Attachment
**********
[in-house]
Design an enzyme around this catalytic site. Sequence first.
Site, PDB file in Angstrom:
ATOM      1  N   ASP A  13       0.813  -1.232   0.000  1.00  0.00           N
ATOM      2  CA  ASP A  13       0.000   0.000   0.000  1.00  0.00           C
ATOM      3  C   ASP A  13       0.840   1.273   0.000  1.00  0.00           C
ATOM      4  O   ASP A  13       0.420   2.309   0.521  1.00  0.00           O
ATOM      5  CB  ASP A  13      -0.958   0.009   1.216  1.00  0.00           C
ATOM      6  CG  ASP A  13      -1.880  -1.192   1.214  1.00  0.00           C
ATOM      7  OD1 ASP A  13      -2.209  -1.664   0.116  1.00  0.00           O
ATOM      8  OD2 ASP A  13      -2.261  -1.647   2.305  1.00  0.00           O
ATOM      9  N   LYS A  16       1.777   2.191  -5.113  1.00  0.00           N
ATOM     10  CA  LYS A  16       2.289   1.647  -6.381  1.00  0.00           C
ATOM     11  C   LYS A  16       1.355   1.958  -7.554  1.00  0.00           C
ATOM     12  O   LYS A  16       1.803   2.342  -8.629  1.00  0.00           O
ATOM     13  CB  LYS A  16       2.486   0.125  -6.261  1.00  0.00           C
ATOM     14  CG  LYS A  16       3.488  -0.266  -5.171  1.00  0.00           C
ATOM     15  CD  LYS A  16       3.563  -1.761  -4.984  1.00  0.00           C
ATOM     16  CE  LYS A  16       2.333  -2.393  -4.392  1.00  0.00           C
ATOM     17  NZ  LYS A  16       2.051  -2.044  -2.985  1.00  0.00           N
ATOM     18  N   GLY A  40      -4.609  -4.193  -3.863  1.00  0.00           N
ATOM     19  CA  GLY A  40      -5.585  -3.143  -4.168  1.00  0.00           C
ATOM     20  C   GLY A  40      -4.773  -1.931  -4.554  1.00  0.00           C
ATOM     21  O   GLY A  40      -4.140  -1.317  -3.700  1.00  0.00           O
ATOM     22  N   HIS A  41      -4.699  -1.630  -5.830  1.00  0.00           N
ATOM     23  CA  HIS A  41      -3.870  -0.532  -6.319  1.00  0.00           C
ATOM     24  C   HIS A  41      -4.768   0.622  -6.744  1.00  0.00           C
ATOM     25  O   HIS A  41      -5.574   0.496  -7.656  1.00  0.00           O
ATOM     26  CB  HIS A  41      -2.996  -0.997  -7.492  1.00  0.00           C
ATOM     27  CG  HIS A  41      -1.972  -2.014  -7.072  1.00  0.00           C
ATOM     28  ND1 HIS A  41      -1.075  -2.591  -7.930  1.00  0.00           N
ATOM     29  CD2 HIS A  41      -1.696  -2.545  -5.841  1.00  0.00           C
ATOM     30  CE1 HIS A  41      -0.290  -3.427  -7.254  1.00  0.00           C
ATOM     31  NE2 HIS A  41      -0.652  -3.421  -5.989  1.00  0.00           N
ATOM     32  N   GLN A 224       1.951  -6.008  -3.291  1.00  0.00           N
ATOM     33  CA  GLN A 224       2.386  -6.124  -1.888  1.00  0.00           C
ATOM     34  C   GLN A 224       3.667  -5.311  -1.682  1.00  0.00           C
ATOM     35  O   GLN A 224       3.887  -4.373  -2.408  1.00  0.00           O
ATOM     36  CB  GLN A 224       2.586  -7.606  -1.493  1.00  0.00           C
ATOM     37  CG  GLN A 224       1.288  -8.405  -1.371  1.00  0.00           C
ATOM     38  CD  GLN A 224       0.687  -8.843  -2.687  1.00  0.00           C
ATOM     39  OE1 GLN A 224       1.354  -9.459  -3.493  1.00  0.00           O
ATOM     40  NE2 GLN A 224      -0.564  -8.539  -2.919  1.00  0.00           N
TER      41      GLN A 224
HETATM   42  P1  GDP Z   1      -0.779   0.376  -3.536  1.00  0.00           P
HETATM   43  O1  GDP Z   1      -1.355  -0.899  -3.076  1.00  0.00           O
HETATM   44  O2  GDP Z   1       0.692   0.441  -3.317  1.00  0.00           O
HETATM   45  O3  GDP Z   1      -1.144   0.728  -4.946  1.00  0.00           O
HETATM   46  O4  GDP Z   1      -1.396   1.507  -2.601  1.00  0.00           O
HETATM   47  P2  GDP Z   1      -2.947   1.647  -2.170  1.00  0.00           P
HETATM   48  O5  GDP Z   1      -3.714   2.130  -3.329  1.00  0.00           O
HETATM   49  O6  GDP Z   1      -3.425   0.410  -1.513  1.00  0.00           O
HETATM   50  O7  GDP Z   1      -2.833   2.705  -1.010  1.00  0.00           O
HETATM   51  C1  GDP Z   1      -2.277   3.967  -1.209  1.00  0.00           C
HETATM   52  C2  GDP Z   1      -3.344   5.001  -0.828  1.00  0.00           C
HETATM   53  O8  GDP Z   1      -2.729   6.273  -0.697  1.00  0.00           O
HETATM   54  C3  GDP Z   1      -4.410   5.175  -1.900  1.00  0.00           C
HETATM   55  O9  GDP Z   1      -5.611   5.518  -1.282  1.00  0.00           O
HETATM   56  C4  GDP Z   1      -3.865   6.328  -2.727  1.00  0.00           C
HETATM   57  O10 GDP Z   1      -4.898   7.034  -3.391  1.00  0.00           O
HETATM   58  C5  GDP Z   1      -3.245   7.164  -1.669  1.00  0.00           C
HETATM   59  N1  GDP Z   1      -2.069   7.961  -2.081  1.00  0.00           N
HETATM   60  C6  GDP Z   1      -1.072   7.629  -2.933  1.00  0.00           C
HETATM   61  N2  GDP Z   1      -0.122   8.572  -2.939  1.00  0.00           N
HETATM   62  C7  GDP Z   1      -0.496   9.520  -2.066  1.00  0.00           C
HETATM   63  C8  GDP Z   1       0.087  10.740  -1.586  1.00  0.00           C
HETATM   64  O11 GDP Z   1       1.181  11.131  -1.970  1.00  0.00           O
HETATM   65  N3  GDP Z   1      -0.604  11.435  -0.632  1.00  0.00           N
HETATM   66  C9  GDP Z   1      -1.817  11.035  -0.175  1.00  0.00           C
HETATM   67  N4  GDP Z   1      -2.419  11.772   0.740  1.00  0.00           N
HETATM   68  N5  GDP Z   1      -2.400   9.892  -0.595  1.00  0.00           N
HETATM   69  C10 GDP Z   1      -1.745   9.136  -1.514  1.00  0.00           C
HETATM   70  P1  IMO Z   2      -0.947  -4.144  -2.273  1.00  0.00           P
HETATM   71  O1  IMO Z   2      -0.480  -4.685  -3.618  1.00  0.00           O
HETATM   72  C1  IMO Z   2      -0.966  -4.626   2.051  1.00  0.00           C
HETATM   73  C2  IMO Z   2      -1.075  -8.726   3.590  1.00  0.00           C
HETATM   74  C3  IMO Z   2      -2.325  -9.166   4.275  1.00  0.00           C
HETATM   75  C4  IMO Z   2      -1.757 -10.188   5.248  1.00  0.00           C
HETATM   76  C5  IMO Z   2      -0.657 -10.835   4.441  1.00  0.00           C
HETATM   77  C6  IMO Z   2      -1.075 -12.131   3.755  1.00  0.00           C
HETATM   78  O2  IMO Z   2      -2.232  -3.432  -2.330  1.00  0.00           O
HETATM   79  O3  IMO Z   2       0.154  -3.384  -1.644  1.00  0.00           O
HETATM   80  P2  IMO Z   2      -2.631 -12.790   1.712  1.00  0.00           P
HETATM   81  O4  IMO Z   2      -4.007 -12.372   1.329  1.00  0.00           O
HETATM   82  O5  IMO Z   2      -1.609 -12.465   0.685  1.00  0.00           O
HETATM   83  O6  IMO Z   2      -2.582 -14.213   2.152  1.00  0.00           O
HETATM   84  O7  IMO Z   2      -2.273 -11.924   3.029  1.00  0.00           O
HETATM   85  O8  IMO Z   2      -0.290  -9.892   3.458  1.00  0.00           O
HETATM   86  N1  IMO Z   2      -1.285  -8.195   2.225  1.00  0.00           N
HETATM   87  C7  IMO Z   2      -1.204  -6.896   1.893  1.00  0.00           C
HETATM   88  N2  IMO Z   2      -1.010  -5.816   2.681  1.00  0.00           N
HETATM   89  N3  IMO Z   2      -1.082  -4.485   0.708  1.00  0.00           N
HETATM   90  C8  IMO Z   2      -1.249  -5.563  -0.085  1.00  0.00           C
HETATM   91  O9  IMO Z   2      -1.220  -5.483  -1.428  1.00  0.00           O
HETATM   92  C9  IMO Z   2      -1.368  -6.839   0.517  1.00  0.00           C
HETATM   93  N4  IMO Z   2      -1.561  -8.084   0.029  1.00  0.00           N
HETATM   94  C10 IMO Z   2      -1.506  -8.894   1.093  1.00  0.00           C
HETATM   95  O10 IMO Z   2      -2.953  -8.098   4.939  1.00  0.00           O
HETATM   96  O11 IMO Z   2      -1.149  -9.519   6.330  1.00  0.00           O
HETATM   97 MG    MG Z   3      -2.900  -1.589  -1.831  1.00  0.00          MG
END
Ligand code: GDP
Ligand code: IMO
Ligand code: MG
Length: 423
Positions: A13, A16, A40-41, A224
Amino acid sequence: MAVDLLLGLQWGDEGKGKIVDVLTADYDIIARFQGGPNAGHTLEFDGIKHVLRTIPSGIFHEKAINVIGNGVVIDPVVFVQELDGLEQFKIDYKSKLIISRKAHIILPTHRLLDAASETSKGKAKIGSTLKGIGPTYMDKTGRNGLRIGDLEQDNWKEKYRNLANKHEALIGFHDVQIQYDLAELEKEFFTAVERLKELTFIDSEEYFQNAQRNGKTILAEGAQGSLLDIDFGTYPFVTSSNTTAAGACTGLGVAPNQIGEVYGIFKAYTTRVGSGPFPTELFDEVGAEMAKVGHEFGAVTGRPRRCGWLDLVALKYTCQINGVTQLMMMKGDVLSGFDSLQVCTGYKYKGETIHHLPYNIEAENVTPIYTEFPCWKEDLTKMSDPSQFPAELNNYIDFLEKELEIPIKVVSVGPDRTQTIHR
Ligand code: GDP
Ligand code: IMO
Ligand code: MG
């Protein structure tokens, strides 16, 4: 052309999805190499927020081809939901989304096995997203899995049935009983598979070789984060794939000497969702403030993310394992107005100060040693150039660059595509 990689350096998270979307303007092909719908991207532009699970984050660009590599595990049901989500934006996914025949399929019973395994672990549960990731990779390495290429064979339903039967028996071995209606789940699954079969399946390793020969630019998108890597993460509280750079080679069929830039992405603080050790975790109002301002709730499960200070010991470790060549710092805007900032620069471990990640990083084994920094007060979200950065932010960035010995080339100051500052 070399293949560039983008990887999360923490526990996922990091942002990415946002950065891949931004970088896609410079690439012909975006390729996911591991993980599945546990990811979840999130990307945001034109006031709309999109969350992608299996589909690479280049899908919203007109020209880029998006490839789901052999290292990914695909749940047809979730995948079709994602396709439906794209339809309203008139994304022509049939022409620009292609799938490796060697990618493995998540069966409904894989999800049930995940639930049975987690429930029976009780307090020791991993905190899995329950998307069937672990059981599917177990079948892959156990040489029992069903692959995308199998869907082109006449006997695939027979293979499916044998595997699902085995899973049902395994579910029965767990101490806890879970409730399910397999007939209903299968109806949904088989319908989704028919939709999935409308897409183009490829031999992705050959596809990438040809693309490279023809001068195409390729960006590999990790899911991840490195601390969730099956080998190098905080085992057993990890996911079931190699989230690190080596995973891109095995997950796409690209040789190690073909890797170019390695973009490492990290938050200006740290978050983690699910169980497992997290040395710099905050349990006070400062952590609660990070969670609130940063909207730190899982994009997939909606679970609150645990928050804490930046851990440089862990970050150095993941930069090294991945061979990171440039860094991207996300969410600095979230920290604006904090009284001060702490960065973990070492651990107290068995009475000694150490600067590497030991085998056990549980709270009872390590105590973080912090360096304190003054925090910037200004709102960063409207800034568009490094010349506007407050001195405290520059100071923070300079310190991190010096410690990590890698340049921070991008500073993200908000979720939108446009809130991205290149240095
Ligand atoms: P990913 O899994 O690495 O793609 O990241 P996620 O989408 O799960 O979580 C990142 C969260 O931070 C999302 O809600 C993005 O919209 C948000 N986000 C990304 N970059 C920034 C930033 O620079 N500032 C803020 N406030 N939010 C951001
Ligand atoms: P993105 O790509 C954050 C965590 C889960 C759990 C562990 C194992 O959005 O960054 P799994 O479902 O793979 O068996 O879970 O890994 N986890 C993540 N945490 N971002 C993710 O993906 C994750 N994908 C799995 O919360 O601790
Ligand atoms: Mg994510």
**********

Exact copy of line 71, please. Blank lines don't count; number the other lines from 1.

HETATM   68  N5  GDP Z   1      -2.400   9.892  -0.595  1.00  0.00           N